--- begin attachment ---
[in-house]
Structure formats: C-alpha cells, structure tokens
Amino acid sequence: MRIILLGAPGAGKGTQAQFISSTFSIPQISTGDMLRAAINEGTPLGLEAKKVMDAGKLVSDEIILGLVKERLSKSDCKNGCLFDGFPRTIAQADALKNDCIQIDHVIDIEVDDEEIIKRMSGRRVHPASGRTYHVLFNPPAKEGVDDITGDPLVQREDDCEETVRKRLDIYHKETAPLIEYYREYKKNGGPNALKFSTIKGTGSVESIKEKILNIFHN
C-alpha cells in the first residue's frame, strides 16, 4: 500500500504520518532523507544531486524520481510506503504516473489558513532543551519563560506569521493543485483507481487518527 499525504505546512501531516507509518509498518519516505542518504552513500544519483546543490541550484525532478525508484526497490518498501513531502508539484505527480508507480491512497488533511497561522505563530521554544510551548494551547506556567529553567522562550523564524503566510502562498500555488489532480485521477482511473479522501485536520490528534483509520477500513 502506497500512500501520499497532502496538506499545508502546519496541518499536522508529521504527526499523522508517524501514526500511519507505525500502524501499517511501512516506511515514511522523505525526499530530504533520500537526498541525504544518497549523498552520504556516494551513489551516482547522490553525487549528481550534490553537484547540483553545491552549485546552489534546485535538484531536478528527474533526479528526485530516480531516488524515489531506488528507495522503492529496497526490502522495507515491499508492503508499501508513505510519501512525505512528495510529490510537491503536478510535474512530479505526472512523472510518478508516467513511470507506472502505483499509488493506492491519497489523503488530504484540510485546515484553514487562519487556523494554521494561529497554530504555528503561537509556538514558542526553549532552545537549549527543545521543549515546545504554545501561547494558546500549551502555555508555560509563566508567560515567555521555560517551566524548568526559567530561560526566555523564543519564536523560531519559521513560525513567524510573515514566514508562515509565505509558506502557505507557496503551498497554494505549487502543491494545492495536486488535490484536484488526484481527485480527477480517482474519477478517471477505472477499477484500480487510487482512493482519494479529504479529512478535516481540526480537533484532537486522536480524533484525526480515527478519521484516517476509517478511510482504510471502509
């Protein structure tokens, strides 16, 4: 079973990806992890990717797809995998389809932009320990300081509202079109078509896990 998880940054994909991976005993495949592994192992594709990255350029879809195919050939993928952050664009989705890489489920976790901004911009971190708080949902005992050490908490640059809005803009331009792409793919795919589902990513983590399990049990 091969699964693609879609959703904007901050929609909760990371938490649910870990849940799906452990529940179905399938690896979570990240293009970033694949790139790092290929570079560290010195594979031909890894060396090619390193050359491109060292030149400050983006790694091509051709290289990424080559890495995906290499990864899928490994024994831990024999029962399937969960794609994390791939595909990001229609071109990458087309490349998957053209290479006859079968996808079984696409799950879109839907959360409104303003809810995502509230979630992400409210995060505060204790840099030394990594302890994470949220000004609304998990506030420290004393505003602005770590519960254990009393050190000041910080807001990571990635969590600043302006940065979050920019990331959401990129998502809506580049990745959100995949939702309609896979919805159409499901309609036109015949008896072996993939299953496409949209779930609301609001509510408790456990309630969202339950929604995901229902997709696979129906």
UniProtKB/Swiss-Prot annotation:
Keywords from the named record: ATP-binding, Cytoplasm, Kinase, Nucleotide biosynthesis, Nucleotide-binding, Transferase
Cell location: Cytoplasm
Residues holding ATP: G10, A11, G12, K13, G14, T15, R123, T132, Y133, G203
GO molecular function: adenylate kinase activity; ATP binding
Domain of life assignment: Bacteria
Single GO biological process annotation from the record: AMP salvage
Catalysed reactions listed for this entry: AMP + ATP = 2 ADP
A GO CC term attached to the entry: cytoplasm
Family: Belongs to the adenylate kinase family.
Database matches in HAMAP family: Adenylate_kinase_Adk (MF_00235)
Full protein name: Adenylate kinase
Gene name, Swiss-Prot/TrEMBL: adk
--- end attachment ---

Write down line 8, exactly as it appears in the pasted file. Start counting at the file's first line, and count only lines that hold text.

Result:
Cell location: Cytoplasm